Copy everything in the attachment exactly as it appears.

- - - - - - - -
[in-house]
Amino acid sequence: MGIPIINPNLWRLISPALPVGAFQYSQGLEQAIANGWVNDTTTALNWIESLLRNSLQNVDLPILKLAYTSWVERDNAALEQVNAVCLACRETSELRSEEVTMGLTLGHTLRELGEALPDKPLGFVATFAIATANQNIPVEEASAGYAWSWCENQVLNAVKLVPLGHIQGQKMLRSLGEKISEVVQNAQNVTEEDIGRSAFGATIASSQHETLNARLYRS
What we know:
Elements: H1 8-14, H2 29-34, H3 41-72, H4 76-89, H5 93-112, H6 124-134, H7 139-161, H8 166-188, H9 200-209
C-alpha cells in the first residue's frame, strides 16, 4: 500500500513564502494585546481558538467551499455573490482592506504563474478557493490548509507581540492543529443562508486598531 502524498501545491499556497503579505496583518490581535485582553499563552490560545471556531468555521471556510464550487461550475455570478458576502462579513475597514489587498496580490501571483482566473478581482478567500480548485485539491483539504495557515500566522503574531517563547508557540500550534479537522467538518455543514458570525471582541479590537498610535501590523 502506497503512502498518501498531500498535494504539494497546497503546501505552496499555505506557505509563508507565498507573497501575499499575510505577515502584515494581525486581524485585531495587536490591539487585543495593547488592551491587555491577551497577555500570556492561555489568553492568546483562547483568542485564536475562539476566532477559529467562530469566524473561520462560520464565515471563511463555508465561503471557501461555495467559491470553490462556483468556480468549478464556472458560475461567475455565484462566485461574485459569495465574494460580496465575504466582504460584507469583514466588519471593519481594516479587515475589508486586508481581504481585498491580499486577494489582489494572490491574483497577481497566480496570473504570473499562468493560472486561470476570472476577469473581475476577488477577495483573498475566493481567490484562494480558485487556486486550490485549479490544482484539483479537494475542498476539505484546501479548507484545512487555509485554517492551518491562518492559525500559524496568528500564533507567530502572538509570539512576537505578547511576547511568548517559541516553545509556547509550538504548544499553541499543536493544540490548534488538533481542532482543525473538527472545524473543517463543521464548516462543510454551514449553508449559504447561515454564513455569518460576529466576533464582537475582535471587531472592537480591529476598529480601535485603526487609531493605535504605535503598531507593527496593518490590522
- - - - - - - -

[in-house]
Amino acid sequence: MGIPIINPNLWRLISPALPVGAFQYSQGLEQAIANGWVNDTTTALNWIESLLRNSLQNVDLPILKLAYTSWVERDNAALEQVNAVCLACRETSELRSEEVTMGLTLGHTLRELGEALPDKPLGFVATFAIATANQNIPVEEASAGYAWSWCENQVLNAVKLVPLGHIQGQKMLRSLGEKISEVVQNAQNVTEEDIGRSAFGATIASSQHETLNARLYRS
What we know:
Elements: H1 8-14, H2 29-34, H3 41-72, H4 76-89, H5 93-112, H6 124-134, H7 139-161, H8 166-188, H9 200-209
C-alpha cells in the first residue's frame, strides 16, 4: 500500500513564502494585546481558538467551499455573490482592506504563474478557493490548509507581540492543529443562508486598531 502524498501545491499556497503579505496583518490581535485582553499563552490560545471556531468555521471556510464550487461550475455570478458576502462579513475597514489587498496580490501571483482566473478581482478567500480548485485539491483539504495557515500566522503574531517563547508557540500550534479537522467538518455543514458570525471582541479590537498610535501590523 502506497503512502498518501498531500498535494504539494497546497503546501505552496499555505506557505509563508507565498507573497501575499499575510505577515502584515494581525486581524485585531495587536490591539487585543495593547488592551491587555491577551497577555500570556492561555489568553492568546483562547483568542485564536475562539476566532477559529467562530469566524473561520462560520464565515471563511463555508465561503471557501461555495467559491470553490462556483468556480468549478464556472458560475461567475455565484462566485461574485459569495465574494460580496465575504466582504460584507469583514466588519471593519481594516479587515475589508486586508481581504481585498491580499486577494489582489494572490491574483497577481497566480496570473504570473499562468493560472486561470476570472476577469473581475476577488477577495483573498475566493481567490484562494480558485487556486486550490485549479490544482484539483479537494475542498476539505484546501479548507484545512487555509485554517492551518491562518492559525500559524496568528500564533507567530502572538509570539512576537505578547511576547511568548517559541516553545509556547509550538504548544499553541499543536493544540490548534488538533481542532482543525473538527472545524473543517463543521464548516462543510454551514449553508449559504447561515454564513455569518460576529466576533464582537475582535471587531472592537480591529476598529480601535485603526487609531493605535504605535503598531507593527496593518490590522